Soapy water stream down my temples, into my ears
My mom began combing through my coils
& She broke a comb in my coils
But that wasn’t all… something broke inside of her
She was done.
By Friday, I was at Felicia’s house
& The small indistinguishable whisper had grown quite annoying.
Felicia cloaked me in a black cape
Smeared petroleum jelly on my edges and scalp
And began coating my hair in opaque whiteness
It was cool at first then I felt a light stinging
Light stinging transformed
into intense agony in moments
But I did everything in my power to keep
my pain from escaping my body
but I failed and a whisper escaped like a small scream
I smiled as a tear fell from my eye.
The most painful infliction was the silence…
From the other women in the salon,
From my mother.
I let out a silent “help” seep from my eyes
And my mother jumped to my rescue
Thank God, I thought.
“Felicia, it’s time,” she said
but Felicia said, “no, her hair is thick”
She couldn’t save me.
I got up and paced in pain
And felt a cool breeze coming from the open door
I looked outside and saw the boys playing outside
What did I do? I thought as I burst into tears
Felicia rushed me to the sink
And washed my coils, kinks and chemicals down the drain
When she was finished
She sat me in front of the mirror
I saw my mother’s confused eyes in the mirror
Waiting under dryers for their turn at the chair.
I looked outside
The sun had gone down
& novelas were playing from Felicia’s living room.
I finally glanced at the stranger in front of me
& Ay Dios Mio shrilled at the top of the tv actress’ lungs
My hair lay limp, dead and wet
On my shoulders
“Do you like your hair?” Felicia said
No, No, N-No, No, No, No, No, I thought
But I breathed in, exhaled and smiled
“It’s lovely, thank you”
Normally I sit up front
But for this class
I sit all the way in the back,
In the corner.
It’s hard for me to see the screen
But it keeps me out of sight
& I have a good pulse of the room
In case the spirit catches me
And I decide to participate
This happens often
And lately, I notice my professor
Misunderstanding my answers,
Avoiding eye contact with me,
Praying someone else’s hand goes up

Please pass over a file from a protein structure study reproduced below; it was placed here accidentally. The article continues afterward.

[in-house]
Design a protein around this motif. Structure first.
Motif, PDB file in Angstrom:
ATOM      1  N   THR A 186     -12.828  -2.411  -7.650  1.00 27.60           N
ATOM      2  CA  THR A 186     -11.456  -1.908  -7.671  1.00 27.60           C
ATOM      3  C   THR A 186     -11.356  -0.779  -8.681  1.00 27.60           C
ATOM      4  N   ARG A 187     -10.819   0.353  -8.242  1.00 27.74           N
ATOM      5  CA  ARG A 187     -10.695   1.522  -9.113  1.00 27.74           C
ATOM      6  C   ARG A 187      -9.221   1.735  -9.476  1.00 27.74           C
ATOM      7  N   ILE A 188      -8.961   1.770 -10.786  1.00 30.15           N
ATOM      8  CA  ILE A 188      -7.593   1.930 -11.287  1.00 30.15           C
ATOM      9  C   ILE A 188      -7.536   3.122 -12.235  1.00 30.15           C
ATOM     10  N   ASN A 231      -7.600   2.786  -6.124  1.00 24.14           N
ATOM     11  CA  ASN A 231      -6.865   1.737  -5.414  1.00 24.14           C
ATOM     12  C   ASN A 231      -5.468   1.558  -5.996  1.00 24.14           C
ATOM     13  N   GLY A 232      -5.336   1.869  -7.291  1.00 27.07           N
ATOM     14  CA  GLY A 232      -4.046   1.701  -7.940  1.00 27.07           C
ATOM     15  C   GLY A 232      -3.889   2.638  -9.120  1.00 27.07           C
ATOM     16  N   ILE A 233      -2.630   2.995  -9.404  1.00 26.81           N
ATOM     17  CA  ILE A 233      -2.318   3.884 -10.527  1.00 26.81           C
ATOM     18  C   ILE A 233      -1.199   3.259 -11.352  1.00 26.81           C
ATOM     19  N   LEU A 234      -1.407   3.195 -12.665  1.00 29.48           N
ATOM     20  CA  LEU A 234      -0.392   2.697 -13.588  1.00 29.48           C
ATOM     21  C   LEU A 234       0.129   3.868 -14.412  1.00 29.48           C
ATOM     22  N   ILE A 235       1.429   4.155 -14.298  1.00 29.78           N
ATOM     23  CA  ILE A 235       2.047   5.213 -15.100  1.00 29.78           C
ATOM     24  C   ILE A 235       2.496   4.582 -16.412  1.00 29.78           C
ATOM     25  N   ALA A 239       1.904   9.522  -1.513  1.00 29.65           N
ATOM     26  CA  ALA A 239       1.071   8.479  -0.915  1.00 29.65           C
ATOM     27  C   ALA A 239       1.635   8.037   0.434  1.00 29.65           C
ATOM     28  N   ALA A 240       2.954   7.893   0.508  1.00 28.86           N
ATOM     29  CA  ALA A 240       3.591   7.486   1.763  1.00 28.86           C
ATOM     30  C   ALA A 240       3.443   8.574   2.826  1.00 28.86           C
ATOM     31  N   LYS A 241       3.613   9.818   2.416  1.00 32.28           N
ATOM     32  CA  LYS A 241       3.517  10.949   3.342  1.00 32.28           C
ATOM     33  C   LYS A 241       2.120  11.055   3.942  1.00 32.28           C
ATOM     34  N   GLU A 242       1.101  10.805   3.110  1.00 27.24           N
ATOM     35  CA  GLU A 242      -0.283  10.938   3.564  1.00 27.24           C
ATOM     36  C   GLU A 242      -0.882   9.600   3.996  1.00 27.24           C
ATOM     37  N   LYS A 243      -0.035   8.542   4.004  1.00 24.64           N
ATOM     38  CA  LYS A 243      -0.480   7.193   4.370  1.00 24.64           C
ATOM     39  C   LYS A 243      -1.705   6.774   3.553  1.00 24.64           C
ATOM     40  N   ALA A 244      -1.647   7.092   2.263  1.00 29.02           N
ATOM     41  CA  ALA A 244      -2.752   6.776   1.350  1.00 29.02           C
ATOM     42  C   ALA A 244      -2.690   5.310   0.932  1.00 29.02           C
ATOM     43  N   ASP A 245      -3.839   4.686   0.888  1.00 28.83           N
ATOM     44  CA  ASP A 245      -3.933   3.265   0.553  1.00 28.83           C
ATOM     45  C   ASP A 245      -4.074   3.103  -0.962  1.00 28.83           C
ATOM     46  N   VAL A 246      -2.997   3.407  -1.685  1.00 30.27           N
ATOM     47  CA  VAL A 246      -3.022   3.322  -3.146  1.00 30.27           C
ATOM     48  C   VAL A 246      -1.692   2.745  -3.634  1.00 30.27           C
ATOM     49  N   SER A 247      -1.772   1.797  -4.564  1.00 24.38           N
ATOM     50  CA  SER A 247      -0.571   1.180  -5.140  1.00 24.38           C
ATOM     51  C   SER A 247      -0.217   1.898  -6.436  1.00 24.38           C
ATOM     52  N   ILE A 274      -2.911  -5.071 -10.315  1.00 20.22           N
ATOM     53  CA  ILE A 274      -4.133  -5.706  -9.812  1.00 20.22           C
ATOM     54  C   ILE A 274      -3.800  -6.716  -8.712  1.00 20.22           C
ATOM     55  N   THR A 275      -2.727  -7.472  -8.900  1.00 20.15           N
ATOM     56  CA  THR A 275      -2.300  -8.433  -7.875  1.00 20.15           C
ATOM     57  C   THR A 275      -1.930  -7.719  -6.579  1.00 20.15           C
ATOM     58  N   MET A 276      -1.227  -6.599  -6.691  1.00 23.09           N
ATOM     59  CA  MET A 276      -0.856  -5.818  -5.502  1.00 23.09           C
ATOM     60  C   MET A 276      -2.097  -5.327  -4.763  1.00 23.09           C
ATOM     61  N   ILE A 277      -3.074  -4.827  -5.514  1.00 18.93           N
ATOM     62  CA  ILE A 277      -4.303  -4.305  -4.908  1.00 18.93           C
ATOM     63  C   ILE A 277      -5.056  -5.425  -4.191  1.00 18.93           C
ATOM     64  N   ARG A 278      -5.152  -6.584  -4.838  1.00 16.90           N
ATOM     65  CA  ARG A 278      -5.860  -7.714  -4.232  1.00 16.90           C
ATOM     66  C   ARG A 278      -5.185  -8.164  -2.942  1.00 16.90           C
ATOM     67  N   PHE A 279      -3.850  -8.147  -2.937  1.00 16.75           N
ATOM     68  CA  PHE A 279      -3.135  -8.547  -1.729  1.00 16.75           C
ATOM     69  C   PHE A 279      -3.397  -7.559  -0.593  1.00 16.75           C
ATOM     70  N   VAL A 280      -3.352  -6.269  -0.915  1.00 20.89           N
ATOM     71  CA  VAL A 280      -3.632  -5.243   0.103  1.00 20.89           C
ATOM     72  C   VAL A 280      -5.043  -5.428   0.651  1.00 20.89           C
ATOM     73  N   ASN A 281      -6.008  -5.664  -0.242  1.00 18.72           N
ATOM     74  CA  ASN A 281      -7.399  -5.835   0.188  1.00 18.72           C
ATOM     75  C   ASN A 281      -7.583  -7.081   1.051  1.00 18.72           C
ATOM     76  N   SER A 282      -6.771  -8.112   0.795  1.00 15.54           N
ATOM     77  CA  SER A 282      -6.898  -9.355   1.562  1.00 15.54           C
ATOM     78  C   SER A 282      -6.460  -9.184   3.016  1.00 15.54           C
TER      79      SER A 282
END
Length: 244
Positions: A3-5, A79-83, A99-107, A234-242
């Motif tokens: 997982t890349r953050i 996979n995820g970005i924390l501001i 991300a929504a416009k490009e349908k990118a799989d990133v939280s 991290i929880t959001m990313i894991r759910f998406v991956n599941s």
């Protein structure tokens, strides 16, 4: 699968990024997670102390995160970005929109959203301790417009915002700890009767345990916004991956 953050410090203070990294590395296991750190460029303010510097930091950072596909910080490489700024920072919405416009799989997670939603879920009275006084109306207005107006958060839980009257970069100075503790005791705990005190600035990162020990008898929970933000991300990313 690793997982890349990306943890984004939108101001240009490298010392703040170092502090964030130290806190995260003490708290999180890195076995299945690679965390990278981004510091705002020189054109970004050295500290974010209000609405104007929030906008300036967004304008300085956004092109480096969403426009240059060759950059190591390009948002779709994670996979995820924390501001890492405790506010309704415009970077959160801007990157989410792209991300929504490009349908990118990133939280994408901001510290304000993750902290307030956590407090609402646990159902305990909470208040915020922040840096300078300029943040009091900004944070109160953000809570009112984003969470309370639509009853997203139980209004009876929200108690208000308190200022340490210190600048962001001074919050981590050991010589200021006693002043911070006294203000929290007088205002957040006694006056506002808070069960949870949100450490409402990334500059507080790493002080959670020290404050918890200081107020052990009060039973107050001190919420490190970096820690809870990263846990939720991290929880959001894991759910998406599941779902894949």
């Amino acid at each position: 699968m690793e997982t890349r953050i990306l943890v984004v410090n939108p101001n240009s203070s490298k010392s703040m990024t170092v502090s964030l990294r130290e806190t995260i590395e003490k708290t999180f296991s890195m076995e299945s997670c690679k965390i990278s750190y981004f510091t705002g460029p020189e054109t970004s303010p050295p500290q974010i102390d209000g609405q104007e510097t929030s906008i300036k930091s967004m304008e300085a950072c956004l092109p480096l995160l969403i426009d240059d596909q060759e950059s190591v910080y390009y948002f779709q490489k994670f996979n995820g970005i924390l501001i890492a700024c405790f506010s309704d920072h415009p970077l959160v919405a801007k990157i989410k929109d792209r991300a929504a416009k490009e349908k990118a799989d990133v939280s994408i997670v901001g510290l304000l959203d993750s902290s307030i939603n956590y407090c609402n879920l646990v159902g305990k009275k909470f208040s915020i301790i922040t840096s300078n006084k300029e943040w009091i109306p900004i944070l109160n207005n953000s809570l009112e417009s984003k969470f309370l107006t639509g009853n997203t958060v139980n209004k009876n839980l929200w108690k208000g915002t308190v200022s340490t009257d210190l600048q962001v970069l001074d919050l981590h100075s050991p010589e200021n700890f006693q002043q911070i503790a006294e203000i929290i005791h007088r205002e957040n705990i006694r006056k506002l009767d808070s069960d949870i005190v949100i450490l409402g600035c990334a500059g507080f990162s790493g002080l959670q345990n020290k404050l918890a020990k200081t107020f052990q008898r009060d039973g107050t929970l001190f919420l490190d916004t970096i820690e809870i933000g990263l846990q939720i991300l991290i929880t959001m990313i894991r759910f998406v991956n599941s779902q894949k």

But no one’s hand is up
And no one can see my hand up in the corner
She sighs, “fine, Valencia”
All eyes turn to me,
& I thought I deserved a seat in the classroom
but the Brown decision is still a myth.
I’m not a threat
I’m a student
who just wanted to take a shot.
Statistics don’t intimidate me,
I’ve been fighting not to be one
my whole life…
But I guess she’s fighting harder
just to stand teaching me
I hear her sigh again
And wonder why she’s so tired of me
I’m getting more and more
Tired of this woman
Slide after slide
She guides members
Of the cohort through statistics
As painlessly as possible
But after hearing it for the third time
It’s finally starting to make sense
The gears are turning
And I power through the exercise
With my peers
The class reviews,
We get to a question and the class
Is quite stumped
After a few minutes of no response
My hand slowly creeps into the air
“Jasmine,” she says.
While looking right at me
Although Jasmine is also black,
She’s on the other side of the room
And her hand isn’t raised.
I sit quietly waiting for her
She’s confused the two
Black women in the class
And sit puzzled,
Wondering if this is reality
After an awkward silence
She is corrected by
The tension in the air
Makes it hard to breathe
I guess she didn’t mean to
but her intent doesn’t
invalidate her ignorance
She asks me to speak,
& like clockwork
the answers flow out of me
these words are the thoughts in my head,
the air in my lungs
Although it’s a guess,
I think I’m on the right track
But when I speak
You don’t hear me,
You don’t even know my name
After calling on other
She finds herself repeating
I’ve zoned out of this session
But I hear
“Valencia was actually right”
and it snaps me out of my haze
and into a rage because
She doesn’t speak my language,
She doesn’t understand my mind
She turned my academic sanctuary
Into a torture chamber
Just by simply being in it
Check it out at: bmpvoices.com/teacher-torture